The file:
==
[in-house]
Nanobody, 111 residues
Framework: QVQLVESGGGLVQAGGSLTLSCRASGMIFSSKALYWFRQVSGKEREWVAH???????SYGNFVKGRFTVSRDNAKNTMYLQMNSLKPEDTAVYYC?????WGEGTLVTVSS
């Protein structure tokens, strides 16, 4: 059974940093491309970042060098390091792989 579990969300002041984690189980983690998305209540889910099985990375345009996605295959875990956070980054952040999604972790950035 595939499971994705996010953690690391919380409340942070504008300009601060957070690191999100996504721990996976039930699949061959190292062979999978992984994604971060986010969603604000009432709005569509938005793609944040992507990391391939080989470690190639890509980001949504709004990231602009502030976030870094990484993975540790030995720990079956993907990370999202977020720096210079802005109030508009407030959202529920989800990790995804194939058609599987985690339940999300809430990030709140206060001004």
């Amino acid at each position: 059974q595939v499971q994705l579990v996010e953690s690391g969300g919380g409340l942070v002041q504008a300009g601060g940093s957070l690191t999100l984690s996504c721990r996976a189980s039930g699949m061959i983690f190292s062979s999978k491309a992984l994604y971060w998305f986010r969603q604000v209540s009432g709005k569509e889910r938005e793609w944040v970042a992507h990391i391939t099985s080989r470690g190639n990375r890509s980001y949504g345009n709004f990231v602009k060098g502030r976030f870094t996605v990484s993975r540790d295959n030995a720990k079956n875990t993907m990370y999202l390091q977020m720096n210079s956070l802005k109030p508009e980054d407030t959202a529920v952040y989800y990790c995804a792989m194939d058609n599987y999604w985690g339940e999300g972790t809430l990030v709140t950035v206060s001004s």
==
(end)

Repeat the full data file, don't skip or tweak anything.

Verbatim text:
[in-house]
Nanobody, 111 residues
Framework: QVQLVESGGGLVQAGGSLTLSCRASGMIFSSKALYWFRQVSGKEREWVAH???????SYGNFVKGRFTVSRDNAKNTMYLQMNSLKPEDTAVYYC?????WGEGTLVTVSS
């Protein structure tokens, strides 16, 4: 059974940093491309970042060098390091792989 579990969300002041984690189980983690998305209540889910099985990375345009996605295959875990956070980054952040999604972790950035 595939499971994705996010953690690391919380409340942070504008300009601060957070690191999100996504721990996976039930699949061959190292062979999978992984994604971060986010969603604000009432709005569509938005793609944040992507990391391939080989470690190639890509980001949504709004990231602009502030976030870094990484993975540790030995720990079956993907990370999202977020720096210079802005109030508009407030959202529920989800990790995804194939058609599987985690339940999300809430990030709140206060001004």
């Amino acid at each position: 059974q595939v499971q994705l579990v996010e953690s690391g969300g919380g409340l942070v002041q504008a300009g601060g940093s957070l690191t999100l984690s996504c721990r996976a189980s039930g699949m061959i983690f190292s062979s999978k491309a992984l994604y971060w998305f986010r969603q604000v209540s009432g709005k569509e889910r938005e793609w944040v970042a992507h990391i391939t099985s080989r470690g190639n990375r890509s980001y949504g345009n709004f990231v602009k060098g502030r976030f870094t996605v990484s993975r540790d295959n030995a720990k079956n875990t993907m990370y999202l390091q977020m720096n210079s956070l802005k109030p508009e980054d407030t959202a529920v952040y989800y990790c995804a792989m194939d058609n599987y999604w985690g339940e999300g972790t809430l990030v709140t950035v206060s001004s």